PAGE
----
Women in Bio on The Influential Paths of Great Visionary Leaders

Powerful women made powerful statements last week at the Women in Bio (WIB) Plenary Event during the 2016 BIO International Convention. A panel of influential women leaders discussed difficult yet critical topics, such as how to brand yourself as a woman in a male-dominated industry, the importance of side hustles, and how to close the gender gap. It was a dynamic and inspiring event that engaged both men and women in the audience in productive conversation about how we can all work together to support women in the life sciences industry.

The panel was moderated by Nicole Fisher, the Founder and CEO of HHR Strategies and Forbes Contributer, and the speakers included Renee Compton Ryan, VP of Venture Investments at Johnson & Johnson and Frances Colón, Deputy Science and Technology Adviser to Secretary of State John Kerry.

Frances Colon, Renee Ryan, Nicole Fisher.

Frances Colon, Renee Ryan, Nicole Fisher.

The panel was more of a fire-side chat with the three woman talking intimately at a small coffee table, first sharing stories about their career paths and the road blocks along the way, and then delving into the controversial topics that women in the life sciences face.

Career Paths of Influential Women

Nicole told her story about how she got into the healthcare space. She started by ghostwriting about healthcare, innovation, and politics for the Congressional Budget Office director. Her passion turned into an opportunity with Forbes where she now runs the Health Innovation and Policy page and eventually into her company HHR Strategies which focuses on healthcare and human rights.

Renee discussed how she started as an investment banker in healthcare and made an investment in a company that benefitted patients. This experience made her want to be a part of the solution for patients, which she described as “a calling we are all fortunate to have,” and ultimately brought her to her current position at J&J.

After completing a Ph.D. in developmental neurobiology, Frances switched gears and found her strengths and assets in science policy and communications. She wanted to bring science into international affairs and shared that her mission now is to “make science cool to political scientists and diplomats to the point where my job becomes irrelevant.”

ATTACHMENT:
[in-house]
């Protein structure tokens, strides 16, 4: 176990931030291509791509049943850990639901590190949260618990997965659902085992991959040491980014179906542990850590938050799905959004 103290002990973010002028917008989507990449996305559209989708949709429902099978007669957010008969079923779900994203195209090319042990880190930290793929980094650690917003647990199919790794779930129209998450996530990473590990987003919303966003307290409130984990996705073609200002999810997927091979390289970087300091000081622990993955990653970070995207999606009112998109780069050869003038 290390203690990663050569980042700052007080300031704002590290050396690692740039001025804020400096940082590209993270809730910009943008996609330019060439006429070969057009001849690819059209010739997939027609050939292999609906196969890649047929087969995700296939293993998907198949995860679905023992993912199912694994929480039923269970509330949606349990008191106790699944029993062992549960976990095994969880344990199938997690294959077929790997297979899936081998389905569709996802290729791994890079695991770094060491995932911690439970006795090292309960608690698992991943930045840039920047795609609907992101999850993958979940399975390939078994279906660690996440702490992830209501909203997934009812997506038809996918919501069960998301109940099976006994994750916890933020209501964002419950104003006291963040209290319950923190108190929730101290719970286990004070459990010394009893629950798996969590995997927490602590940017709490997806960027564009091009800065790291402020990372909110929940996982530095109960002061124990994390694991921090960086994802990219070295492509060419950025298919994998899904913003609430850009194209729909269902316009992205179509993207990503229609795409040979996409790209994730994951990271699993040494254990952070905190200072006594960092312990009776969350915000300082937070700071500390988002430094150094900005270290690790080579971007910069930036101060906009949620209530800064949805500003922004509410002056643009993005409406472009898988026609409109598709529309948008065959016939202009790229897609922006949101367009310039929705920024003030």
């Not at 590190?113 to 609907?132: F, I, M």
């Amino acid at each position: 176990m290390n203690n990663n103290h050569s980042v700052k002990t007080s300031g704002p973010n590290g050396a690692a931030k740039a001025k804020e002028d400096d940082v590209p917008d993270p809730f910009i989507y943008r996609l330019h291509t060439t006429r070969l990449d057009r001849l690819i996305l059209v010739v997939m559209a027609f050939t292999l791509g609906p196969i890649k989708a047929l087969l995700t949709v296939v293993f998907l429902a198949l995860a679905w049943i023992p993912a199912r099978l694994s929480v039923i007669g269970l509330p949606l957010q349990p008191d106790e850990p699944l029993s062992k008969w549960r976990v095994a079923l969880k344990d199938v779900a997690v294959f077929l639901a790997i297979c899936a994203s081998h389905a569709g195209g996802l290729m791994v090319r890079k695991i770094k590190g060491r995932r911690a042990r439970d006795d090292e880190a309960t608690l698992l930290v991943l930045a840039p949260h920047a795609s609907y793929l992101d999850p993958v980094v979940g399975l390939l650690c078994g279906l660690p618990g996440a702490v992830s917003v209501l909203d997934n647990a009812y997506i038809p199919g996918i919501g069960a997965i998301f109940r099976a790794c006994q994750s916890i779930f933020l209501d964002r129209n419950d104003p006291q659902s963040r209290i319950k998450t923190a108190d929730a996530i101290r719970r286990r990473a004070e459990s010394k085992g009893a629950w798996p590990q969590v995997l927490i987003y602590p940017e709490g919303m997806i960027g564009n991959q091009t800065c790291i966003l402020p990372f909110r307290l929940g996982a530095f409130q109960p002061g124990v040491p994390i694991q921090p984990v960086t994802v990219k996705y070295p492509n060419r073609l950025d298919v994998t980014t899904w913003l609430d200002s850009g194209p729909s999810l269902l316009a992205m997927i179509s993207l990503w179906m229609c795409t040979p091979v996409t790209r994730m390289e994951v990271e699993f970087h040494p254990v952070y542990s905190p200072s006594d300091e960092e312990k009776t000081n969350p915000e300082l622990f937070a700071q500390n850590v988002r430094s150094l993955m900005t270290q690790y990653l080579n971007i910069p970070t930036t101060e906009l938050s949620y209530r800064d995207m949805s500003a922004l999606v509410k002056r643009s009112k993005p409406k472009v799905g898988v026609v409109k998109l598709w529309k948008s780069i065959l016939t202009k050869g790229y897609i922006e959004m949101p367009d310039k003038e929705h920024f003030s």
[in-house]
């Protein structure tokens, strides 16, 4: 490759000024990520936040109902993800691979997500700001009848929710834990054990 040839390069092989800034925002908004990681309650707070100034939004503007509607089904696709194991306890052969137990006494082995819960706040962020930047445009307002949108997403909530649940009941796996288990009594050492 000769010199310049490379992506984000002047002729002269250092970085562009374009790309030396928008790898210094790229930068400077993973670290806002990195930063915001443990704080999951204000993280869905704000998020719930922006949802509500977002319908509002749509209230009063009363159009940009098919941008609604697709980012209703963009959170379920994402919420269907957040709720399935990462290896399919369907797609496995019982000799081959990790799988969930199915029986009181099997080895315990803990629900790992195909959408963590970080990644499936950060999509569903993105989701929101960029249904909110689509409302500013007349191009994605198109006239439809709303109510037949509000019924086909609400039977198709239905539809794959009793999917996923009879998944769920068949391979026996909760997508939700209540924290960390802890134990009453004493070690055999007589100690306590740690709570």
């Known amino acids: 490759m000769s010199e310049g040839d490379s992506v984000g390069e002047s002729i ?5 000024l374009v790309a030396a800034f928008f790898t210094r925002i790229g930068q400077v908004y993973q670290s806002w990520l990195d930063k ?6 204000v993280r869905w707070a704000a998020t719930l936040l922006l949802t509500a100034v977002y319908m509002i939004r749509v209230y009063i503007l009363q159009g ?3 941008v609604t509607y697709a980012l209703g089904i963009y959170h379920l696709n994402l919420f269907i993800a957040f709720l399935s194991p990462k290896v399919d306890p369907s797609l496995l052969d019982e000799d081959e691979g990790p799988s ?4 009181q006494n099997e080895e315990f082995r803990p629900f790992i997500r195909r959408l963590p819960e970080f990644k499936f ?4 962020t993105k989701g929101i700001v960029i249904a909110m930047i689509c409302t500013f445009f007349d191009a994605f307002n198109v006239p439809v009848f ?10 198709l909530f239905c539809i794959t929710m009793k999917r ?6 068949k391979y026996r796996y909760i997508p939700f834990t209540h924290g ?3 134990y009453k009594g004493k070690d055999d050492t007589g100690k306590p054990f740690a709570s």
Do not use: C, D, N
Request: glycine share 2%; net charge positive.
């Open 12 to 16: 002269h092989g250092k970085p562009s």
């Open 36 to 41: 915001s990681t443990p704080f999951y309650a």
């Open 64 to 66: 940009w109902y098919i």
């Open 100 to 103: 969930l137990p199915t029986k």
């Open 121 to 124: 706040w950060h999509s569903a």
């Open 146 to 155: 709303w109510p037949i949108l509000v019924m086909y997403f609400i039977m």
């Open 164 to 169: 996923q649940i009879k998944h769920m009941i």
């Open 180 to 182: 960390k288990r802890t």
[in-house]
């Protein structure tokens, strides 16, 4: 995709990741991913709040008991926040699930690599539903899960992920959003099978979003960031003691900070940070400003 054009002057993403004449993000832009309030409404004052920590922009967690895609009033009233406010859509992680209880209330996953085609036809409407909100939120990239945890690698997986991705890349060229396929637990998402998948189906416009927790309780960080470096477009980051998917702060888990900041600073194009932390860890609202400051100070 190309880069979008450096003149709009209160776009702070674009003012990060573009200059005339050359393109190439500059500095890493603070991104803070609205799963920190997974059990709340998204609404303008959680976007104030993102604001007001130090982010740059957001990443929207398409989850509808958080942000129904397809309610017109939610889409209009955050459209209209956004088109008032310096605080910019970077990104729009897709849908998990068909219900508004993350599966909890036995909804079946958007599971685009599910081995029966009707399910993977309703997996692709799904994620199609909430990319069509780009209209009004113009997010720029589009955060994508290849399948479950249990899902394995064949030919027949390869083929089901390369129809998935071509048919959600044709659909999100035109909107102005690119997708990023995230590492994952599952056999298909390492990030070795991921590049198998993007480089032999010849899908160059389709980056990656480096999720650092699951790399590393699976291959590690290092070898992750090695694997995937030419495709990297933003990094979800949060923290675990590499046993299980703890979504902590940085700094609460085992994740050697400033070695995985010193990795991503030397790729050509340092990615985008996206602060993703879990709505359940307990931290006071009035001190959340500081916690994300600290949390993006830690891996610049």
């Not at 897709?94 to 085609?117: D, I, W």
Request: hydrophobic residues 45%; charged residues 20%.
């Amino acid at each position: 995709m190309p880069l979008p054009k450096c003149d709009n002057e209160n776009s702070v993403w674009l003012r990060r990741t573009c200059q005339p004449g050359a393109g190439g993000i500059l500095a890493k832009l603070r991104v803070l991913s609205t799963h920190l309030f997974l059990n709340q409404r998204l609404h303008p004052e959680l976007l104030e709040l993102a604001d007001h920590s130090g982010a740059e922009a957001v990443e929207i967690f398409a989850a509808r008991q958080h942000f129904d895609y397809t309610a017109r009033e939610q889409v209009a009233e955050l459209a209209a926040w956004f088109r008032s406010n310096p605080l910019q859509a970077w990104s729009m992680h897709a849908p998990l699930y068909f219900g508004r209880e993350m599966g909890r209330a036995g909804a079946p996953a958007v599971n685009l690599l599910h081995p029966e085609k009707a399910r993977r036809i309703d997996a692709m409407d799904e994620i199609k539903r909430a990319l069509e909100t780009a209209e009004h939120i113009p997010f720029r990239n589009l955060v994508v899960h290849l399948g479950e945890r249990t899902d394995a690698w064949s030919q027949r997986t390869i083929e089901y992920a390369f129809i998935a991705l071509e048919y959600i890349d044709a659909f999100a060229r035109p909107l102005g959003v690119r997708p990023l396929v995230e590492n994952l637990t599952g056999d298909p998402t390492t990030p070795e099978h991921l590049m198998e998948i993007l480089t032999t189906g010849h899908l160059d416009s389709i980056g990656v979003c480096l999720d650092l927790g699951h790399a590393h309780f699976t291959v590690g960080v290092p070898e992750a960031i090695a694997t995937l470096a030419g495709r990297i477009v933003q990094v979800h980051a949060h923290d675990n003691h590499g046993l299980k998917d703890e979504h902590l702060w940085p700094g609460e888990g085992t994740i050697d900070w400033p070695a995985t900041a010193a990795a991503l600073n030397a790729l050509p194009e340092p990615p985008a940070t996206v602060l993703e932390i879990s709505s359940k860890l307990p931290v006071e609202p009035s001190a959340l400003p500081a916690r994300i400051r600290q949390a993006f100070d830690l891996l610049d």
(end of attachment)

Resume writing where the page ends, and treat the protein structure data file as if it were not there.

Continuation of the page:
Other Panel Highlights

Branding

Renee’s advice on branding was, “challenge yourself to know your brand, and revisit your brand”. Everyone builds a resume chronologically, but she forces herself to revisit her resume every two years. Her trick is to flip the resume over to the blank side and list all her skills but do it through a different lens so you can have perspective. This process helps her decide where she wants to grow and learn.

Having Side Hustles

Frances mentioned the importance of having “side hustles”. These are things that you are really passionate about that will also build on your strengths, raise your visibility and help you take your brand to the next level. She mentioned two side hustles in particular, a non-profit she founded that supports the Puerto Rican Diaspora Network and a group she organized called the Science Technology Table, which brings together government and the private sector to discuss trending topics in science, tech and innovation. Nicole chimed in and said that all three of her side hustles have turned into companies or big opportunities that have significantly advanced her career.

Closing the Gender Gap, No More Manels!

The panelists had much to say about closing the gender gap. Renee encouraged women in high-up positions to mentor other women that show promise and to be a hands-on mentor. She also said that everyone in the biotech and pharma industries should be studying the data to see why there are less women in the life sciences and what can be done about it.

Frances said that the gender policies at companies need to change, and that people at companies have to hold each other accountable and have the conversations that can create change. One of her key points that got a laugh from the crowd was getting rid of “manels”, or all men panels, which are prevalent at major conferences in the biotech and healthcare space. She also spoke about how we need to strive for 50/50 representation on boards and executive management.

What the audience had to say

The panel was a hit with the Women in Bio audience. Dr. Leah Makley, a WIB member and Founder and CSO of ViewPoint Therapeutics, had this to say about the event,

Leah Makley

Leah Makley

“The panelists shared candid wisdom from their own career trajectories, passions, and ‘side hustles’ that far surpassed the typical depth of career panels.  Moreover, I thought Nicole Fisher did an exceptional job of framing the conversation and asking provocative questions.”

She also spoke about the importance of the WIB community and the resources they offer:

“WIB is a supportive community of powerful, inspiring women. Both the members and the events tend to be action- and solution-oriented, and I’ve walked away from each event I’ve attended with new insights, perspectives, and energy. I’m so grateful that this resource exists.”

Marco Chacon

Marco Chacon

A moment that really stood out in my mind was a moving speech by Marco Chacon, Founder of Paragon Bioservices, and a WIB sponsor. Marco shared that he recently attended a meeting in Boston and listened in on a few diversity forums. He was appalled to hear the statistics on gender diversity in the executive suite and boards of directors in biotech and pharma. Passionately he said, “This has got to change, and to the degree that I can affect this in some way, I can assure you I will do so.”

Final Thoughts

Influential leaders like Nicole, Renee, Frances, and Marco and organizations like Women in Bio, are laying the groundwork for the career advancement of women in science. This event was a great reminder that the issues facing women in the life sciences industry can be addressed in the immediate future if we continue the conversation and challenge one another to create change.